There have been traditionally a variety of bedding materials and bedding routines for livestock and horses. The choice of which is based on a variety of factors, most notably material cost and availability, plus handling, storage and labour requirements.

Some materials have significant advantages over others; however, it is important to recognise that bedding routines are equally as important as the choice of material. Bedding can affect the health of an animal; particularly hoof health and cow’s / pig’s udders.

Dirty bedding can impact milk production through mastitis problems in the herd. The ability for animals to grip well as they lie down or stand will limit the potential for injuries from slipping, and also the incidence of sole ulcers in dairy herds.


The Livestock Team are able to source a wide variety of bedding materials across the country for both farm animals and equine. Sawdust is usually available in Bales on pallets or in Bulk loads.

We have several bedding suppliers from down in Gloucestershire to Cheshire to Suffolk.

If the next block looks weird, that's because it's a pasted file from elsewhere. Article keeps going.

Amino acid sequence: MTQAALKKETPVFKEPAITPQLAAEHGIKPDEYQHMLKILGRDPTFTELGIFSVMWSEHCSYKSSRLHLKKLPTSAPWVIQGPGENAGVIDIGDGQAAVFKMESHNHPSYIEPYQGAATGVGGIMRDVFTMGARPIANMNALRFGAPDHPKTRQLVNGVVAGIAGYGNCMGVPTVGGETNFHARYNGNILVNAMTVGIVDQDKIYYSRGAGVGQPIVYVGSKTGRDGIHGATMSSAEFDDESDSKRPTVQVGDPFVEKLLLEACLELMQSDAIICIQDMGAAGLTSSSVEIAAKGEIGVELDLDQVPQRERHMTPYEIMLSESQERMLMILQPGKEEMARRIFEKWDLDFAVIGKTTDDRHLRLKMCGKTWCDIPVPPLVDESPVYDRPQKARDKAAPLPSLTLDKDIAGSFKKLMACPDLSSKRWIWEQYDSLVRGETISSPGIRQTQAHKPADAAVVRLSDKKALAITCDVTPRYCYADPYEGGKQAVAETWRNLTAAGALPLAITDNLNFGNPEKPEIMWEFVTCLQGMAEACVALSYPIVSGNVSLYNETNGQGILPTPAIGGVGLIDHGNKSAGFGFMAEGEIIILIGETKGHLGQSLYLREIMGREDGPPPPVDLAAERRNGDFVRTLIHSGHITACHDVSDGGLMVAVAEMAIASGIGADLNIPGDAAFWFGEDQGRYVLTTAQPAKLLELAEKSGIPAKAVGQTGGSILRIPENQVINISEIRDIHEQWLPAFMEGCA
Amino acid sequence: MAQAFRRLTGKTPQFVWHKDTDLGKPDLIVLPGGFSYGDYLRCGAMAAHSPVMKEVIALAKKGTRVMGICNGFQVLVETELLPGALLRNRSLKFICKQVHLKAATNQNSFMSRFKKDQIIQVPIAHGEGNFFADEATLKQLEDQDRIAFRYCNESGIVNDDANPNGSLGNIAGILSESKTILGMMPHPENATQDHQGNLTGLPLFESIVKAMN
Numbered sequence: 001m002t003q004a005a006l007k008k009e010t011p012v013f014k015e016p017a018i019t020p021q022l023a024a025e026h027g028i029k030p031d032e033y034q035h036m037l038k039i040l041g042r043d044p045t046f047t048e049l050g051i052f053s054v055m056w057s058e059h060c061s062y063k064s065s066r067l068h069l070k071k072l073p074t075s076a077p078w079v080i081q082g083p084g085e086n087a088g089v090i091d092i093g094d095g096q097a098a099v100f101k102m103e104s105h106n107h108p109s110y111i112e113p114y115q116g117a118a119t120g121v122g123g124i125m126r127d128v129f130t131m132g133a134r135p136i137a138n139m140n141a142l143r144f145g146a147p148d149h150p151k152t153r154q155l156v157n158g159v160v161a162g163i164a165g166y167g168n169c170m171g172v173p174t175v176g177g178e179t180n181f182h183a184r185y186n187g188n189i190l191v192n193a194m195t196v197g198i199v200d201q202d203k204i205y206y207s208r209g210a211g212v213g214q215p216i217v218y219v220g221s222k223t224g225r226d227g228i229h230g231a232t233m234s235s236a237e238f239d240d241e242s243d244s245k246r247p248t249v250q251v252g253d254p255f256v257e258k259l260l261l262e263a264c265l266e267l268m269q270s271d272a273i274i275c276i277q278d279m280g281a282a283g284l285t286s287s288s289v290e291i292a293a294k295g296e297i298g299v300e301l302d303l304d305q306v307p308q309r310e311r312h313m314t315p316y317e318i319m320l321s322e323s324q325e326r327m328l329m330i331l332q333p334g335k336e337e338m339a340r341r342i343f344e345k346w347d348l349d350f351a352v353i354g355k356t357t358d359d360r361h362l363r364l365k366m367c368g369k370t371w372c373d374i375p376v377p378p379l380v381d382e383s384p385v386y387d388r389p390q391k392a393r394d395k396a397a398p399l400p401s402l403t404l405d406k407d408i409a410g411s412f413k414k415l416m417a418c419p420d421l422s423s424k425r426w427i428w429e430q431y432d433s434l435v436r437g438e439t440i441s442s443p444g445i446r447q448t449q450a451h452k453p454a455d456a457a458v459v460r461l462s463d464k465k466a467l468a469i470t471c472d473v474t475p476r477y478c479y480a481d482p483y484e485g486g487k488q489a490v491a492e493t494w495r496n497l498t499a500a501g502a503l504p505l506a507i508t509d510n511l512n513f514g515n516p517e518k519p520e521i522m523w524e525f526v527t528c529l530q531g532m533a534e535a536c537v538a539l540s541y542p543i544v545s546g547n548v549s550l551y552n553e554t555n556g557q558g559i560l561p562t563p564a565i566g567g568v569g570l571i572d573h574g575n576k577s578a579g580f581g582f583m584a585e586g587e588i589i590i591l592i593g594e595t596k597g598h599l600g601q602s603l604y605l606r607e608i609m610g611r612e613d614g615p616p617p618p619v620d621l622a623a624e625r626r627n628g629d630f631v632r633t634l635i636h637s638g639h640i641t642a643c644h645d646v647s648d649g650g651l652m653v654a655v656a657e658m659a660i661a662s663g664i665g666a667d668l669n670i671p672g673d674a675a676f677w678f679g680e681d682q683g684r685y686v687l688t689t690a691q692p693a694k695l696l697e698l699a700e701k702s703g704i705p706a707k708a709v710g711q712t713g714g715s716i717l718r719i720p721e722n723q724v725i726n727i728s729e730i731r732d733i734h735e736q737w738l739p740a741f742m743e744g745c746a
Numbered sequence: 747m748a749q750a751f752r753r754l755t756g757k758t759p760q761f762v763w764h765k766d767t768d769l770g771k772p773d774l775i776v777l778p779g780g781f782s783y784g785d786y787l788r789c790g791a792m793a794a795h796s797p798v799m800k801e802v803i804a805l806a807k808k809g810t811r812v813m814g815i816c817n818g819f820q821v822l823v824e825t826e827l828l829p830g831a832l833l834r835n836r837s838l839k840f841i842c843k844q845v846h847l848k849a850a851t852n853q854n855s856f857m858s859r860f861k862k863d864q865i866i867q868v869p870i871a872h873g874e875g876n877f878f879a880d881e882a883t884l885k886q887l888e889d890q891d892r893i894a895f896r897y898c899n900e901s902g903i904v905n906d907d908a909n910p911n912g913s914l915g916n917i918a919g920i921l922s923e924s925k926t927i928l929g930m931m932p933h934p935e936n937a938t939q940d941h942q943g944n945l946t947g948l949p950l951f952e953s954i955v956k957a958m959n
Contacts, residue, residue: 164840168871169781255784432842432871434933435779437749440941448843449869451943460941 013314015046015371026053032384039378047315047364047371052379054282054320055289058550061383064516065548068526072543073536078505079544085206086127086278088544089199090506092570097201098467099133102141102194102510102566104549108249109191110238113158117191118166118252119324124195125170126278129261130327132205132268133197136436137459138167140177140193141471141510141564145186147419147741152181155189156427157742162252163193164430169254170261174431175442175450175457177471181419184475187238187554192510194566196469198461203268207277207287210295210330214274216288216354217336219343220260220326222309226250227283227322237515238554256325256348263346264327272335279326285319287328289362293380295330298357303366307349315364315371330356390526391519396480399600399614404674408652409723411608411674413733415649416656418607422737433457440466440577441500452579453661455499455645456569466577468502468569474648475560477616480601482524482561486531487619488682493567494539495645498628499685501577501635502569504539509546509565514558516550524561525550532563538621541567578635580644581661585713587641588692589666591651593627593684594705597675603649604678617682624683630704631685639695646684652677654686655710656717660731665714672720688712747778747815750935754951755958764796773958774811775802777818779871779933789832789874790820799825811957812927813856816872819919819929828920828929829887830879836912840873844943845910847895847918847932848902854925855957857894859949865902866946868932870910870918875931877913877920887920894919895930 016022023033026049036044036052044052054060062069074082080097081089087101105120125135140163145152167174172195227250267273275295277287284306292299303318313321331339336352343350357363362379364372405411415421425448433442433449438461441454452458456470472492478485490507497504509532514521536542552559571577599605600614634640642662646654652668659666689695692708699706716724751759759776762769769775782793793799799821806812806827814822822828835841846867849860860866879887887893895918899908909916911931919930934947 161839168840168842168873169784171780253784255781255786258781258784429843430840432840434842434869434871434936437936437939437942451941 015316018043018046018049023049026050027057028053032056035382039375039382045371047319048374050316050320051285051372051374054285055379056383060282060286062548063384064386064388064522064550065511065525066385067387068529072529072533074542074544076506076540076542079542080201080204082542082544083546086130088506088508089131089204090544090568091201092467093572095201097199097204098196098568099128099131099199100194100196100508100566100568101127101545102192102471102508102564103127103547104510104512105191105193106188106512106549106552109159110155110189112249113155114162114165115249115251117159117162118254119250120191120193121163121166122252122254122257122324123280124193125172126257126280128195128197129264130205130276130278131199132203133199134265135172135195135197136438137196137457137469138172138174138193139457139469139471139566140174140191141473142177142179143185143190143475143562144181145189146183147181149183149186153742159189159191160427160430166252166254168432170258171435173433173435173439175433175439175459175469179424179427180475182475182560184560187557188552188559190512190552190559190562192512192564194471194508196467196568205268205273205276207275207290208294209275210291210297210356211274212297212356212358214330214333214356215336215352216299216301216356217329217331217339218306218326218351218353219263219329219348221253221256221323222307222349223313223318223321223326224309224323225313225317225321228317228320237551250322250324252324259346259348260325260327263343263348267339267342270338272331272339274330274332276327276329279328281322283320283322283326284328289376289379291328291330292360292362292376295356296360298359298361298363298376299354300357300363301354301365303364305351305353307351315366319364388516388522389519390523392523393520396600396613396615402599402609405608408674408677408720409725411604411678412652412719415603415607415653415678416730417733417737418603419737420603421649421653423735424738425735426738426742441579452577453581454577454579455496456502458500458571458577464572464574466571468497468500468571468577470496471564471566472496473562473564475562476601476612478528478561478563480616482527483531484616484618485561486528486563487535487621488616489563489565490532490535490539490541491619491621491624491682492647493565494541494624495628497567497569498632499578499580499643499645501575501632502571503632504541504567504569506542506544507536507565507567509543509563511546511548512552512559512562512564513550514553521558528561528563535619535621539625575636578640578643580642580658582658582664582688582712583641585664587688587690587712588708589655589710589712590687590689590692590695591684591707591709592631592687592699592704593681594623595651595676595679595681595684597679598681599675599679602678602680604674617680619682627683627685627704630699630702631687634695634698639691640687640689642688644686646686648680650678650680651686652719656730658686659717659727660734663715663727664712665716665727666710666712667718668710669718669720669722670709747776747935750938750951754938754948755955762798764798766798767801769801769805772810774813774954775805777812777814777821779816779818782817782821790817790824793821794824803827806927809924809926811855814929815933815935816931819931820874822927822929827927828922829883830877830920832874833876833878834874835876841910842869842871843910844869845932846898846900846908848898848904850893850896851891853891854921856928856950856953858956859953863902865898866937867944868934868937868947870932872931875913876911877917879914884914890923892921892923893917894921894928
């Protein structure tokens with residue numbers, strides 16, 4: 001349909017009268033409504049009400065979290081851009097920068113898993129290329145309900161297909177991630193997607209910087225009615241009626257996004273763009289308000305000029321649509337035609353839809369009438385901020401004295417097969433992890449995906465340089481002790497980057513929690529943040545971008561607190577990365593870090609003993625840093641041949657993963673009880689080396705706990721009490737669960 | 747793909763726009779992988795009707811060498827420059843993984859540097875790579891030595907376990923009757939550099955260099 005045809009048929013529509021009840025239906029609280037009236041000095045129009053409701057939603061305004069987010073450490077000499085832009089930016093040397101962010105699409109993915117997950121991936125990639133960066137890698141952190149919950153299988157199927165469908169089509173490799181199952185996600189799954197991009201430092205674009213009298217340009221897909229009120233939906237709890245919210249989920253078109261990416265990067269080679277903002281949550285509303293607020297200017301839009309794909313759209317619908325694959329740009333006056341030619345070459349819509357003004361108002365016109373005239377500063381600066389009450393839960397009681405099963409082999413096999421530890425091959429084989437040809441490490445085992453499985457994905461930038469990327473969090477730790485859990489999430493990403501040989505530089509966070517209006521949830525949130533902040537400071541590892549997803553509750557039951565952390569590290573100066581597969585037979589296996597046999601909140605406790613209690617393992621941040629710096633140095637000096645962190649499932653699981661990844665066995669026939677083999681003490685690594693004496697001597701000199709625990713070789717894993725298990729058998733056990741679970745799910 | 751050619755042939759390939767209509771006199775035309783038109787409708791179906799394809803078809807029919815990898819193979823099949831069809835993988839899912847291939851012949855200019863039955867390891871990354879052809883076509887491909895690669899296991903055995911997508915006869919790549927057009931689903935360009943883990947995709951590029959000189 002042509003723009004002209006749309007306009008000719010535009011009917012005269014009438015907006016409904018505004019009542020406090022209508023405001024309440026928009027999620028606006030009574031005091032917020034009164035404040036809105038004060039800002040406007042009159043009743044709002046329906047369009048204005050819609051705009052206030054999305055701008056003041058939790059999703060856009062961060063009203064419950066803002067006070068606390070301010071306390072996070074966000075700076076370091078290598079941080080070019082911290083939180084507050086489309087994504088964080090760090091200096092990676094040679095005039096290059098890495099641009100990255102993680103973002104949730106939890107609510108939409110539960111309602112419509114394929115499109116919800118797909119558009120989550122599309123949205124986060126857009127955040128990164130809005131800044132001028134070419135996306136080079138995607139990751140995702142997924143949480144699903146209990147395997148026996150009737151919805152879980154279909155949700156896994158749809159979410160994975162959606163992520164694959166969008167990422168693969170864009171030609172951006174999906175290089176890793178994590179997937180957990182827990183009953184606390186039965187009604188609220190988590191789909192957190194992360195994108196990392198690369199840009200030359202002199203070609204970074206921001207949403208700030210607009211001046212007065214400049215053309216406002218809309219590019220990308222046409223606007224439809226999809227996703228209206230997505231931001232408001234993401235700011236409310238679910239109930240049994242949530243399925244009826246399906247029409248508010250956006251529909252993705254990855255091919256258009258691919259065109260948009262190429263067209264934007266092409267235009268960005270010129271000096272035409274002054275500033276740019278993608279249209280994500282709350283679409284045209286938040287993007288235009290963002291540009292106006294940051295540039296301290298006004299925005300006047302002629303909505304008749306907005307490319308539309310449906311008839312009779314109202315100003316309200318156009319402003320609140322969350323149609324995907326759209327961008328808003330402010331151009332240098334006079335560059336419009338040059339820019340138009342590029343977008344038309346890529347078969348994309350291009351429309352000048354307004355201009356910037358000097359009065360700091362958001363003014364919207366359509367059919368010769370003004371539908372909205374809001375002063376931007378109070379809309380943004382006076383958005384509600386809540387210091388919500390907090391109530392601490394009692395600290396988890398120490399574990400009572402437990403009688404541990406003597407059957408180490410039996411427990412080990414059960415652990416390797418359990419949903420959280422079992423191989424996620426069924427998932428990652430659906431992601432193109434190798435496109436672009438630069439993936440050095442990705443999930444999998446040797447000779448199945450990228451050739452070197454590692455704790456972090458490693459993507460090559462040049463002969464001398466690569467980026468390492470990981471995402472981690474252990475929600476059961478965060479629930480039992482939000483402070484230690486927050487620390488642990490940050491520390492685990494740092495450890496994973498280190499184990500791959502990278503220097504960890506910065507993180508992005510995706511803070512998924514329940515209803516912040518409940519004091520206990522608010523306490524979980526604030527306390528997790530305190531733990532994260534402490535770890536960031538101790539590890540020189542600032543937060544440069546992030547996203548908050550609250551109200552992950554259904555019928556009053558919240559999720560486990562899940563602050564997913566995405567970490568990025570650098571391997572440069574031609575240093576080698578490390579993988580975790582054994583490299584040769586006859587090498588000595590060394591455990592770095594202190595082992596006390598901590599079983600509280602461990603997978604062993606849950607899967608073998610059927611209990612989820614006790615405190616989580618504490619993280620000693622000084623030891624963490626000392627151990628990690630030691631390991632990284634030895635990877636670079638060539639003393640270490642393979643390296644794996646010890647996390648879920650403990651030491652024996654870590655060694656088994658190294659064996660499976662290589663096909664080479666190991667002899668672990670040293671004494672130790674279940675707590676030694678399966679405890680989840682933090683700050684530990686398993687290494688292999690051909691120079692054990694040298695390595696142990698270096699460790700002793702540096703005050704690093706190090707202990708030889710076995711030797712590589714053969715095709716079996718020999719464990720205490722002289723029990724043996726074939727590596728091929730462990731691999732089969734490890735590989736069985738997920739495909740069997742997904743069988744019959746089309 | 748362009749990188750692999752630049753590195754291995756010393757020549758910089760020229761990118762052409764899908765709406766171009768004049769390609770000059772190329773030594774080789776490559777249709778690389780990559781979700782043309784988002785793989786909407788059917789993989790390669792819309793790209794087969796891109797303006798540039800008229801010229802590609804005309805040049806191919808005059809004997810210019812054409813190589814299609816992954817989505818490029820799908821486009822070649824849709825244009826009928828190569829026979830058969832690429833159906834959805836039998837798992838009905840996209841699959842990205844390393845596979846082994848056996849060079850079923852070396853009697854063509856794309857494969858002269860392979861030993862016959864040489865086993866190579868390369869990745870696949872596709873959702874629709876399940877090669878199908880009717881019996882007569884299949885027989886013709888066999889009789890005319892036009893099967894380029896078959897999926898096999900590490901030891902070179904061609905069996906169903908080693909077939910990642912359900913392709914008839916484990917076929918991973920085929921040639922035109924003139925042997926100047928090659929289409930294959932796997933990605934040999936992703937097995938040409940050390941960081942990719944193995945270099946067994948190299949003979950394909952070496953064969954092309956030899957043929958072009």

Sand is renowned as an inert bedding material for use in controlling pathogen spread in cattle housing - as both a deep-bedded material and a surface bedding material.

If ordered for Livestock Bedding, Sand does not require an “aggregate levy” from suppliers – proof will be required.

Sawdust and Wood Shavings

Sawdust can vary enormously, but when screened and dried can provide an effective bedding material when managed properly. It is easy to use - although some sawdust products can be dusty, it works well with automated scrapers and slurry systems. Damp sawdust is able to support many pathogens so it is essential to keep sawdust dry in storage.

Some sawdust-based bedding products are available which have an incorporated disinfectant, reducing the need for hydrated lime or disinfectant powders commonly used for cattle bedding.

Hydrated Lime and Disinfectant powders

Lime is used sparingly with other bedding materials. It has the potential to dry-out and damage teat and udder skin in cattle and pigs, and so must be adequately covered with chopped straw or sawdust, but is very useful in drying-out soiled wet patches on cubicle beds and controlling bacterial levels.

Branded disinfectants in powder form are available and used similarly to lime to control bacterial numbers in cattle bedding when used in conjunction with materials such as straw or sawdust.